Lent is our resounding “Yes!” to follow our Lord to the Cross. During this season we take up our crosses and follow him. This journey is recognized in different ways by different traditions and churches. Using ashes made of the previous year’s palm leaves from Palm Sunday celebrations, many congregations start the journey on Ash Wednesday, signifying their commitment to brokenness with the mark of ashes on their foreheads on that day. Others begin with special times of discipline, reading, and practice of spiritual and ministry disciplines to show their solidarity with all other believing congregations who spiritually accompany our Lord to the Cross once more during the Lenten season. However you choose to begin your journey and recognize our Lord’s humility and availability, stay focused on the challenge and blessing of identifying with our Lord in his death. Let your tradition, context, and situation guide you as you explore ways to tangibly demonstrate your identification with our Lord and his people as they journey to Calvary.
Incorporating Believers into the Church Through Baptism: Following the Way of Jesus
Restoring the ancient Church’s focus on preparation for incorporation into the Church through baptism can be a wonderful way to renew one’s faith and discipleship. The Revised Common Lectionary readings emphasize this focus.
Placing the observance of Lent in its ancient and historical context enables us to see how significant this season of the Church Year was for penitents and new converts then, and for our spiritual formation now. This entire season was known as a time of preparation and readiness, climaxing for candidates for baptism in an Easter baptism and celebration of the Lord's Supper. Backsliders who had repented and were coming back to the Church used this season to reorient their lives under the lordship of Christ, and sought to forsake the world and its pollution, and be re-incorporated into the family of God. Through the teaching on the Creed, the cleansings and the rites, and the tutoring and training, the new converts and penitents prepared with the entire congregation for a new level of spiritual life and growth.
Truly, Lent was not merely a time of giving up a few delicacies or habits; rather, Lent became associated with a re-ordering of one's priorities and direction, all under the long-casting shadow of the Cross of Calvary. Jesus' story of submission and humility, then, is offered to us as our own personal journey of transformation as we prepare to die to ourselves in order to live anew with the risen Christ.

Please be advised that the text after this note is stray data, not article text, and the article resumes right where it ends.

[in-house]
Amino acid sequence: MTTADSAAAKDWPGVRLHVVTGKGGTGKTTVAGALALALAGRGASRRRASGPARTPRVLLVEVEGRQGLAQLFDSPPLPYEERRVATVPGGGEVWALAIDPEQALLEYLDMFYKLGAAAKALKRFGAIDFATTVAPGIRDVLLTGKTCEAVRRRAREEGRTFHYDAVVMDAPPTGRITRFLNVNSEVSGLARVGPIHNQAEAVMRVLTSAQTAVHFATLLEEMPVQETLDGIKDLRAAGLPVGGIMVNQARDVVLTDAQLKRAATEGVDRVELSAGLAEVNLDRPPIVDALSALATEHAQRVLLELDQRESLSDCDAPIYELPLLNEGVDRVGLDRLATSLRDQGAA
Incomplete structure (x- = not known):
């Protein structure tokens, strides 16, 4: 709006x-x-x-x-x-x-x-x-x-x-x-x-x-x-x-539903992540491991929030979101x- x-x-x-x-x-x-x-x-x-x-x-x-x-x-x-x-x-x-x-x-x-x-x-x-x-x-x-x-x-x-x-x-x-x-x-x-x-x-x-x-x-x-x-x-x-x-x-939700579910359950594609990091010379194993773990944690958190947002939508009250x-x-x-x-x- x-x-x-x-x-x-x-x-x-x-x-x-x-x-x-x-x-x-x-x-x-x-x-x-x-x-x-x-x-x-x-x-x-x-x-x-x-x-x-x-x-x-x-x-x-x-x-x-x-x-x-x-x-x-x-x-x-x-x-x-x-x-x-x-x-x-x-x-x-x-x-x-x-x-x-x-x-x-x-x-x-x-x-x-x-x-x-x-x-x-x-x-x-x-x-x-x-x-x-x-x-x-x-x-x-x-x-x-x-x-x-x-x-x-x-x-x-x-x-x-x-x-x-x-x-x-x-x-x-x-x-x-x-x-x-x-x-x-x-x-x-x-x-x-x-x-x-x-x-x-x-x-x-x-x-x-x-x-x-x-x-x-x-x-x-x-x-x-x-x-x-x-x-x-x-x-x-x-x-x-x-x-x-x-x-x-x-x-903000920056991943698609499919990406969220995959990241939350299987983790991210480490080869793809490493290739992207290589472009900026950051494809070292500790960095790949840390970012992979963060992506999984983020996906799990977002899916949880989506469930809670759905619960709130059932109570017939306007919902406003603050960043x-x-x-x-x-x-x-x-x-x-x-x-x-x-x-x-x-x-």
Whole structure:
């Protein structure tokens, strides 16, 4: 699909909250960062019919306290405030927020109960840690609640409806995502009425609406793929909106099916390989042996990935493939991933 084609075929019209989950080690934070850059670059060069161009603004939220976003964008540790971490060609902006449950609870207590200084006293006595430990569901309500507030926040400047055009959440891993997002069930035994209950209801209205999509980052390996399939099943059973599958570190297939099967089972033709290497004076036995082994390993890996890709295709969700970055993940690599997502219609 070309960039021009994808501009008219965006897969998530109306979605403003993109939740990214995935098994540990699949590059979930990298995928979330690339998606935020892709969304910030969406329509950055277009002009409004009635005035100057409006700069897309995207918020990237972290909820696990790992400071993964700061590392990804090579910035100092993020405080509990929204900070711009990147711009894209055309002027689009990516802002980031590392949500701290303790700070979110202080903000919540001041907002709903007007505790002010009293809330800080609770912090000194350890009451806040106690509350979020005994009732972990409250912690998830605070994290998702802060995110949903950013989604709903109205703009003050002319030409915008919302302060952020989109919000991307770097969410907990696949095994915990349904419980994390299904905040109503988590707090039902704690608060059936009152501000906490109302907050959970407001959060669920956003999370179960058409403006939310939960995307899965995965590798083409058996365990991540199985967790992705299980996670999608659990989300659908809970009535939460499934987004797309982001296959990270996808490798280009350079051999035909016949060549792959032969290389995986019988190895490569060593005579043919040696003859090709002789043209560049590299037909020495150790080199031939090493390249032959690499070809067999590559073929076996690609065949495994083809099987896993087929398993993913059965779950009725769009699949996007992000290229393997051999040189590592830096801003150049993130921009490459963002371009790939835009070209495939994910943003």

Walking the Way of the Cross: Remembering the Passion of Jesus of Nazareth
The Lenten season, then, is a time for reflection on the suffering and death of Jesus. During this time we emphasize our own dying with him, and so, like Jesus, we must prepare ourselves to obey God no matter what sacrifice it involves. Lenten observance calls for people to fast as a way of affirming this attitude of obedience (Luke 5:35; 1 Cor. 9:27; 2 Tim. 2:4; Heb. 11:1-3). Let us then humble ourselves, inviting one another to new levels of identifying with our Lord in his death through times of fasting, sacrifice, prayer.
Some traditions challenge their members to engage in tangible acts of "self-denial," in order to visibly make oneself more open to God's leading. Others invite members, couples, and families to deny themselves of things which hinder or distract during this season, and to serve in ways that reflect obedience to God and love to neighbor. As those made free through the shed blood of Christ (Gal. 5.1), we ought to emphasize that, whatever our observances during the season of Lent, we are free in Christ to respond as he leads us. We ought neither to mandate nor insist that we fast during this season; such practice cannot be seen as an emblem of spiritual superiority or uniqueness.
On the contrary, Lenten observance has been viewed as a journey where the Christian community joins its candidates for baptism and reconciled believers in following Christ into a life of repentance and faith. Let us encourage and bless one another in all areas of our responses, and insist only that each follows that which the Holy Spirit has prompted them to do in solidarity with God’s people.
However you may specifically reflect and respond to our Lord’s suffering and death, let your meditation and practice individually and corporately affirm your participation in the humility of Christ, and your longing together to be one with him in his death and risen life.